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‘Jawbone’, Projection, Matt Young and Nikki Lawson, 2016

It was interesting how for the most part, those of us who exhibited a work were drawn to the use of a more high frequency pink. This was completely accidental as nobody had discussed the exact tone they would be using in their piece prior to exhibiting. We only realised once all the works were placed in the room. It therefore perfectly demonstrated exactly what we all felt was ‘art pink’. 

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‘Oh Sorry’, Rebecca Gavigan, PVC and highlighter, 2016

We were also all free to choose what we submitted in terms of media, so there was a good range as a result. The mix included installations, video, paintings, drawings, work in situ – there was a bit of everything. Eclectic textures were present too which evoked tactile sensations. Each work had been carefully placed and hung in order to allow the eye to travel across each piece. Placement was key to how the pieces were all viewed and navigated so I found having work on the floor as well as the wall added a dynamism to it all. It was curated in a day and although this was a very brief time period, it was long enough to let me see the thought and process that goes into curating. Something that I currently have little experience of!

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‘No Sexual Connotations Intended’, Samuel Johnson, Timber, mesh voile, gloss, oil and iridescent paint on canvas, 2016

Following this exhibition however I am intrigued by the idea of curating. There’s a responsibility to assembling works effectively; not only to the pieces themselves, but also to the artists who made them. I’ve never done it before but having seen how thoroughly Rebecca considered the hanging of each work, I feel it could be a really exciting thing to try!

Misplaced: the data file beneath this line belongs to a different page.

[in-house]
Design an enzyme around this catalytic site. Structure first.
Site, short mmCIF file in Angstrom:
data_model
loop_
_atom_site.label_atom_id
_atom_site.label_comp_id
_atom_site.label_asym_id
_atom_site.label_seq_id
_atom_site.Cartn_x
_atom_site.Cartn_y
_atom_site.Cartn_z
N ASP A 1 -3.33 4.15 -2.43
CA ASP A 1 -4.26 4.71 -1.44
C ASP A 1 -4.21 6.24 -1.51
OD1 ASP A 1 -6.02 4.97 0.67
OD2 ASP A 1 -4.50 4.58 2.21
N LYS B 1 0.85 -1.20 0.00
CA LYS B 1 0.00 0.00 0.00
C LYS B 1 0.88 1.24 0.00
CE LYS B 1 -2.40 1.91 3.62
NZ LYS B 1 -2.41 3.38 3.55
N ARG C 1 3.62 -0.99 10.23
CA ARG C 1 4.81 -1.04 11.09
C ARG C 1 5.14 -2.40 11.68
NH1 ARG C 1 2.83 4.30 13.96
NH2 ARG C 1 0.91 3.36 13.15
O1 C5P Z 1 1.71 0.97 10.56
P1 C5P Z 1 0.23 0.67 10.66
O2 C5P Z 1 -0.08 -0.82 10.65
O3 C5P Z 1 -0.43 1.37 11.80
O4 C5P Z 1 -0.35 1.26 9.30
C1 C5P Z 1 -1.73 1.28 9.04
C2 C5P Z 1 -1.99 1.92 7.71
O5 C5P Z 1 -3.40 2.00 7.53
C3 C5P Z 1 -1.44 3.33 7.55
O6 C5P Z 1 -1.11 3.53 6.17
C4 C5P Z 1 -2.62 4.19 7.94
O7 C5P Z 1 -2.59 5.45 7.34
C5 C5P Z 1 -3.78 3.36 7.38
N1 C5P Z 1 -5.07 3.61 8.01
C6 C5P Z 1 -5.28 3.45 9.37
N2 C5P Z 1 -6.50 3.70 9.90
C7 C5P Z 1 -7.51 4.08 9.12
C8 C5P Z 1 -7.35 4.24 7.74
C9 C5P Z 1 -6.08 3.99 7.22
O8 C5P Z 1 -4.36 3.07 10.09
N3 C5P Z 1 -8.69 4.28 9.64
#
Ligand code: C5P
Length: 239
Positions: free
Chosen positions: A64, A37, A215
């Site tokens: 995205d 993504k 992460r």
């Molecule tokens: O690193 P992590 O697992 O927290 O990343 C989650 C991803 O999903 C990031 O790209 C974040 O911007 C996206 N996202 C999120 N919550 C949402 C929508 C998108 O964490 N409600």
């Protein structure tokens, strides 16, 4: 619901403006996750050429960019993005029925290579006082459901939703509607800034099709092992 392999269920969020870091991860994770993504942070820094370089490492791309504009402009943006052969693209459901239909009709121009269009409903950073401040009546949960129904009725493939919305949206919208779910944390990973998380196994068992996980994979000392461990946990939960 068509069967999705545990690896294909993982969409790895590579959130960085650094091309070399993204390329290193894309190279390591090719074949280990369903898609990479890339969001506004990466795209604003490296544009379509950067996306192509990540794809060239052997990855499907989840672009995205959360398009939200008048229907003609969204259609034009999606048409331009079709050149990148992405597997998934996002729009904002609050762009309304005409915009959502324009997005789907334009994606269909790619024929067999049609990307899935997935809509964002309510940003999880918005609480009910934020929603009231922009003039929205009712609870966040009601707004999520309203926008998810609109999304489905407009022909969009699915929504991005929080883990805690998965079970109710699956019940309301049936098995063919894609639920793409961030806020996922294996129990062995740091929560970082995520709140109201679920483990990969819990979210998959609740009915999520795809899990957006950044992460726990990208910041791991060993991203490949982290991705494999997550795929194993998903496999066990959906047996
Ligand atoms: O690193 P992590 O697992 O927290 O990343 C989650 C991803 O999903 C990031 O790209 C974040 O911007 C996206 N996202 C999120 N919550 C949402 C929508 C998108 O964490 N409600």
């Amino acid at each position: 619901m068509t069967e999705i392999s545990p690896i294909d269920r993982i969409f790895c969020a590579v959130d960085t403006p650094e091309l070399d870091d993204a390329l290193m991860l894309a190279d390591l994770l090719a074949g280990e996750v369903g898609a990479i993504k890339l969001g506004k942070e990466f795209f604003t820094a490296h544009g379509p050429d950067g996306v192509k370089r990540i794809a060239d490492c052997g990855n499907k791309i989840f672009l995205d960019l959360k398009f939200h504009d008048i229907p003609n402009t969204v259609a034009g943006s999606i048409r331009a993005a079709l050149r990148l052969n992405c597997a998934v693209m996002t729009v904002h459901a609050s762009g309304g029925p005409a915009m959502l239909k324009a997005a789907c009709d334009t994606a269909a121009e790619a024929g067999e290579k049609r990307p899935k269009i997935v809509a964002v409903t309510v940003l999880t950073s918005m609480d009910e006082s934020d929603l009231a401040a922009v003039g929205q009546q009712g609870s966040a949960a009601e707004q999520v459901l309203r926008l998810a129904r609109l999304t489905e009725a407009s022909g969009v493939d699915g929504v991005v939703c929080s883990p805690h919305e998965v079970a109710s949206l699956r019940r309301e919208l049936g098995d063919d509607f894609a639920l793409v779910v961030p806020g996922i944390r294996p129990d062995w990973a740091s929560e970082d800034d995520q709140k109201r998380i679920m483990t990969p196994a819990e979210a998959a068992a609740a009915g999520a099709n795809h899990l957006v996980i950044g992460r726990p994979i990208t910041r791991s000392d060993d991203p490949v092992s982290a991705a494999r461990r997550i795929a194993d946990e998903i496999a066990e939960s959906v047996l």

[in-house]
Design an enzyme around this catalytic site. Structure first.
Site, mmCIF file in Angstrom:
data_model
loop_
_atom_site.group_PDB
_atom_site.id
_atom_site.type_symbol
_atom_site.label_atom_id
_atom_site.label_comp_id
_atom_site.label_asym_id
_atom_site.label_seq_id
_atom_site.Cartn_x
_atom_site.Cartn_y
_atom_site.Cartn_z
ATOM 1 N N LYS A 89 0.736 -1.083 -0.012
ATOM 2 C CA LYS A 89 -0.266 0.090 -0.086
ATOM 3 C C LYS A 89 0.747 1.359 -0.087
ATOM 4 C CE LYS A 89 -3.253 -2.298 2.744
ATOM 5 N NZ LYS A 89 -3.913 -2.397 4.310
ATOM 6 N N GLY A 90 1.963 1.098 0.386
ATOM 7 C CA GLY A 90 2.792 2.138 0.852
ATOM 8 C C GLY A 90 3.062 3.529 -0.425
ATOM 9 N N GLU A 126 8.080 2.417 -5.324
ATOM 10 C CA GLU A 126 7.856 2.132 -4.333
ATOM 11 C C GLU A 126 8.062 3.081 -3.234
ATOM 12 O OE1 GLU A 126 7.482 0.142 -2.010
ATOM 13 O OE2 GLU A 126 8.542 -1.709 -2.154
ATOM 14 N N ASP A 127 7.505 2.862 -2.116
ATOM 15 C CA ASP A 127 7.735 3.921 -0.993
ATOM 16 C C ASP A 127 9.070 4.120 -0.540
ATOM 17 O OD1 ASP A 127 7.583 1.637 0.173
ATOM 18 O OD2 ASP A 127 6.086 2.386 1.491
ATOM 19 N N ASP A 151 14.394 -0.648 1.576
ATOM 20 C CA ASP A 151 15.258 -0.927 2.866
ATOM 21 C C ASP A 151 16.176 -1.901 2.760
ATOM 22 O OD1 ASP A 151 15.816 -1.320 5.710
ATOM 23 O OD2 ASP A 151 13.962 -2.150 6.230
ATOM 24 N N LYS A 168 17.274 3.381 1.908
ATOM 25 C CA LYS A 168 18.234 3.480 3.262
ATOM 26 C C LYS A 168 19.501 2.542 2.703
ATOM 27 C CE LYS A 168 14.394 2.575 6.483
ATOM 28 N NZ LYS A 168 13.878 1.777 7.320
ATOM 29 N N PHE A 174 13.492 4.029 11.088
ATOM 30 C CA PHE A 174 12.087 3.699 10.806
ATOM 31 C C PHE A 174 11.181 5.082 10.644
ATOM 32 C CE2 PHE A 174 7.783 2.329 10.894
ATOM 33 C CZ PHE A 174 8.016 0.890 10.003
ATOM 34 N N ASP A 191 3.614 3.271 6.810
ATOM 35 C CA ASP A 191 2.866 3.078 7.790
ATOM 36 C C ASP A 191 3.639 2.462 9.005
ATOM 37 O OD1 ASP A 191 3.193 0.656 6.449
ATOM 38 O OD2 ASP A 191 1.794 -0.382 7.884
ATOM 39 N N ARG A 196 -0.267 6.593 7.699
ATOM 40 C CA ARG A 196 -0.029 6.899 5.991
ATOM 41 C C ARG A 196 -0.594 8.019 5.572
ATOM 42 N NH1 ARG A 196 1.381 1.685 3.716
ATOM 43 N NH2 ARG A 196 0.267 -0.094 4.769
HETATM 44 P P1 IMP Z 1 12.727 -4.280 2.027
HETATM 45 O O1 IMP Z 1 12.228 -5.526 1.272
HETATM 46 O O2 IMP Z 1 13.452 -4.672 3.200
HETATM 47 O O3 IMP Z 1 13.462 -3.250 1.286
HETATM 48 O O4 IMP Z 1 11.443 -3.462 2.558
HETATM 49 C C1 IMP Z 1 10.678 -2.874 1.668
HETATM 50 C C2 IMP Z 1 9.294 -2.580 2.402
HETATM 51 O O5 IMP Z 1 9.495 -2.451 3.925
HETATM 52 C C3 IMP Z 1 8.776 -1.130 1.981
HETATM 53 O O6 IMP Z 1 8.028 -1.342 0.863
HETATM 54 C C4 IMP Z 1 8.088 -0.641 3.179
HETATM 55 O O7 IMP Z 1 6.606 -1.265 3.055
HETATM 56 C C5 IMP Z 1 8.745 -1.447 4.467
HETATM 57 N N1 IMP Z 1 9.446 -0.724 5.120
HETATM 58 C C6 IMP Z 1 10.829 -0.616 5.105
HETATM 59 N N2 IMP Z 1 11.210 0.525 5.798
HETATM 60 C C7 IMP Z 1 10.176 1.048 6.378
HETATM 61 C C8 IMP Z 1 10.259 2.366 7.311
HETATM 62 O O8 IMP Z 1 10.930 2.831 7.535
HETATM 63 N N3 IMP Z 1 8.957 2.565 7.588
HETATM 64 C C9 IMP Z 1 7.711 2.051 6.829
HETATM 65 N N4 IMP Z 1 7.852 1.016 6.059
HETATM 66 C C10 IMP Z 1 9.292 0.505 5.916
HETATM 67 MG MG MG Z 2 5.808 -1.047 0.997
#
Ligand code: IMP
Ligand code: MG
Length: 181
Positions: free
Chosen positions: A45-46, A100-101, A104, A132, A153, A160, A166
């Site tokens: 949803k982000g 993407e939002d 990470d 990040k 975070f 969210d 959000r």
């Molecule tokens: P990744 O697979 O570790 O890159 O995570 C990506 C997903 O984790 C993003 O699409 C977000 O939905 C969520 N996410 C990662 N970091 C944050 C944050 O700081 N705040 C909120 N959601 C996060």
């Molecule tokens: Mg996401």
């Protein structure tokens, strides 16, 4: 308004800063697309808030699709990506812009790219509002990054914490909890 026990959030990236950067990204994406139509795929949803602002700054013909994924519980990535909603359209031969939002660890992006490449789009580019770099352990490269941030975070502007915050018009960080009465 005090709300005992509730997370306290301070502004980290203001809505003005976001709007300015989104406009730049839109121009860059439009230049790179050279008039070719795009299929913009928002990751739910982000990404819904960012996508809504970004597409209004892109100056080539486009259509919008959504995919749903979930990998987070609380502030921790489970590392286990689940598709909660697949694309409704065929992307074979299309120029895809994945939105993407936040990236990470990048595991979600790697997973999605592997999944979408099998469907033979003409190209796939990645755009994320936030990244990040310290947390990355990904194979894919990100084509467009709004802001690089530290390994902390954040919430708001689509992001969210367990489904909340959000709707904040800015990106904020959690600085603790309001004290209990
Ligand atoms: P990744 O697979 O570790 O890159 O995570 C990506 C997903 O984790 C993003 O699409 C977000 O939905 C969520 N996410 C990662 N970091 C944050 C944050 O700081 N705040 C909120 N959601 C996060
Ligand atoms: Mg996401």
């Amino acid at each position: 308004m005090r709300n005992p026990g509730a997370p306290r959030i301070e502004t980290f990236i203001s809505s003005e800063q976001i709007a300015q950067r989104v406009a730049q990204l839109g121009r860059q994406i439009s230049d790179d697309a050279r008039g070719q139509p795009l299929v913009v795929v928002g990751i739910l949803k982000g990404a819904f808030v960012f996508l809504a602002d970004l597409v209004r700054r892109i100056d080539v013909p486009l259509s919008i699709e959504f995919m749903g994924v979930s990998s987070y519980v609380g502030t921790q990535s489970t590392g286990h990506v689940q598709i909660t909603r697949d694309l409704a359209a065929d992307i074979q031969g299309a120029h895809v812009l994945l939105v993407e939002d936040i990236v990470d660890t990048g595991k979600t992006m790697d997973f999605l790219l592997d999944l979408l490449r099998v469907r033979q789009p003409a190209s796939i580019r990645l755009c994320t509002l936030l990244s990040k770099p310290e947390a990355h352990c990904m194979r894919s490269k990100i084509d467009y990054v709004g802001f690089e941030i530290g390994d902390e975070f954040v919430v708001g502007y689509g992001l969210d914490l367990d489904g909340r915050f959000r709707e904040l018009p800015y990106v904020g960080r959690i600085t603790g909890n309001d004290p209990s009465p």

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Close up of ‘Rizzo’, Camilla Irvine-Fortescue, Acrylic on canvas, 2016

Auction Preview Night

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So last night was our Preview Night in preparation of our Fine Art Auction next Tuesday. One week to go (drum roll please!) The team did a brilliant job of putting the work on display. Having been one of the people to run around collecting multiple artworks from all over the place I had kind of lost sight of them all as pieces themselves. Seeing them all arranged so beautifully brought back the ability to view them as artwork and not just number five on my list for collection! It’s strange how putting work in a certain setting can completely transform your view of things. I think that’s why taking your work out of your studio is such an important moment, you really get an idea of how it functi0ns without the safety net of a studio.

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I think what I’m most pleased about in terms of the work we had on display last night and in our Auction is the variety. It perfectly demonstrates the expressive abilities of art.

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I was really impressed with the arrangement of things, it was so well thought out. Items leaning against the wall creating interesting shadows, easels all lined up like soldiers, plinths in the centre of the room commanding the space, etc. Makes me feel like I really need to step up and start thinking more about the display and presentation of my work. Definitely not a strong point of mine…

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We have some really strong pieces as well. The above piece, ‘Andria’, is definitely one that’s going to cause some conflict on the night I reckon. This is just a work that says straight out “you need me in your life”. Yes I do you beauty! This is just one of many really strong works. With less than one week to go, feel free to view them at:

http://nuartauction.tumblr.com/

Ken Currie

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Last week I attended a talk followed by a preview of Ken Currie’s work in The University Gallery. Ken Currie is a Scottish artist who’s work predominantly focuses on the human body (yes I know I go on about the body in art a lot, deal with it!). For those of you who are not familiar with his work, prepare to be amazed. His work is haunting, it is eery, yet it is beautiful. It explores themes such as mortality, illness, death, politics, you name it, it’s all there! I have loved his work for years, so when I found out he was doing a talk, I got a bit excited. I lie. I got VERY excited! Not only did I get to hear one of my favourite artists talk about their work, I actually got to talk to him myself and ask all the questions I’ve ever had about his pieces in person! (Yes, I was maybe a little star struck!) I did have this slight fear of meeting him though. What if he didn’t live up to my expectations? What if he as a person affected the way I thought about his art in a negative way? I need not have worried. He was witty, incredibly Scottish and very interesting!